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Palliative care professionals who want MPs to change the law on assisted dying

A message to MPs from two palliative care professionals – Ms Gay Lee, Registered Nurse specialising in palliative care, and Dr Richard Scheffer, Retired Consultant in Palliative Medicine and Hospice Medical Director

We write as healthcare professionals who together have many decades experience in palliative care – in hospice, community and hospital – to ask you to support the Assisted Dying Bill when it is debated in the House of Commons on 11th September.

We support a change in the law because we believe in patient-centred care and respecting patients’ wishes in how they want to be treated at the end of life. Having the choice of assisted dying is consistent with these values. We also know that there is some suffering that cannot be relieved, however much excellent palliative care is available. As a hospice CEO wrote in the Guardian recently, for some, assisted dying would offer “choice and control over their situation above and beyond what palliative care can offer”.

We would like to highlight two patients we have cared for which illustrate the need to change the law in this country.

One patient, a 50-year-old man, was suffering from motor neurone disease (MND). When he could still speak, he said that he hoped that his life would be ended when his suffering became unendurable. It was explained that this was not possible as it is illegal, but he was reassured that he would be cared for until his death. When asked what he would find unendurable he said he did not want to end up completely bed bound, incontinent and unable to communicate. Sadly, all these symptoms occurred. He also suffered in other ways he hadn’t expected – an inability to swallow, coughing and choking with each small bit of fluid he took by mouth, and later, when he was bed-bound, the discomfort and pain of muscles that could not be moved voluntarily. He had the best care from his wife and a fantastic primary care team. However, he had to endure suffering that was explicitly against his wishes. Despite having access to the best quality palliative care, nothing could have been done to prevent this.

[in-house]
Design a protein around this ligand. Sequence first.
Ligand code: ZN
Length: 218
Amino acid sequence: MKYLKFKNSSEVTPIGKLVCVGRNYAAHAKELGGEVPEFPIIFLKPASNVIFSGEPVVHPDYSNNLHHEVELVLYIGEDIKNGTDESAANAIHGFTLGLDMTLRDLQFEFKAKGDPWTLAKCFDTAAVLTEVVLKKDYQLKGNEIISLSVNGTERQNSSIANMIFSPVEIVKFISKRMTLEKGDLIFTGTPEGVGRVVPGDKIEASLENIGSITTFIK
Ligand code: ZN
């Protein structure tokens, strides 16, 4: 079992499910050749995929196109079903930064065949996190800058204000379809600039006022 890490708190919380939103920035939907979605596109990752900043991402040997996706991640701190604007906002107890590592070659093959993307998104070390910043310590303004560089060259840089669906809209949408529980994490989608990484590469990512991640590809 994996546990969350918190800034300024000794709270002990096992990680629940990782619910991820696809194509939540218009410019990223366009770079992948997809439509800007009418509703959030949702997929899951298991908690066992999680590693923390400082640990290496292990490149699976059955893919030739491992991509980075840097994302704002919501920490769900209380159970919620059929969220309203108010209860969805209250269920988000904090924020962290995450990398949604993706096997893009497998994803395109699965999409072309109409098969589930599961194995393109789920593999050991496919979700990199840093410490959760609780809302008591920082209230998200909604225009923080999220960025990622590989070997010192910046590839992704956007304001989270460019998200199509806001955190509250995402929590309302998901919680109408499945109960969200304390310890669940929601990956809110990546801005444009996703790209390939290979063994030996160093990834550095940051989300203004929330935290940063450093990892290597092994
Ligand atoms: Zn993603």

It is not possible to say exactly how many people suffer like this each year. The National Survey of Bereaved People (VOICES) suggests that even in hospices, where we can assume palliative care is of the highest quality, up to 2% of dying people do not receive relief of their symptoms in the last three months of life. This equates to as many as 6,000 people a year suffering uncontrolled symptoms at the end of life. But suffering encapsulates much more than pain and symptoms; it is often existential in nature, and not easily managed by palliative care.

The second patient also had MND. She was in a hospice for symptom control and could still walk and swallow soft food, but she was terrified about the manner of her dying. She had a very supportive family but spoke frequently and eloquently about her severe anxiety about the future. She never asked the staff directly for help to die nor even tried to discuss the idea.

After being discharged home the hospice staff heard she had travelled to Dignitas, with her family, for assistance to die. Her daughter came to the hospice afterwards and talked informally to nurses about what a positive experience it had been. For her mother to have been able to control the timing of her death and to avoid her worst fears was very important to them. Her daughter felt that Dignitas’s role was sensitively performed, but knew it would have been far better if they could have had that experience without having to travel abroad. If assisted dying were legal in this country, the patient would have had a choice, a chance to discuss the issue and her feelings with hospice staff, and would have had more time to enjoy with her family, instead of going to Dignitas early, while still able to travel.

For every person who travels to Dignitas, 10 more dying people take their life at homeEvery two weeks somebody from this country travels to Dignitas to die and for every person that does this ten more terminally ill people take their own lives in this country, often alone and in distressing circumstances.

Dying people deserve greater clarity around their end-of-life options; they deserve a safeguarded, compassionate law that offers choice and protection. This is why we ask that you support the Assisted Dying Bill.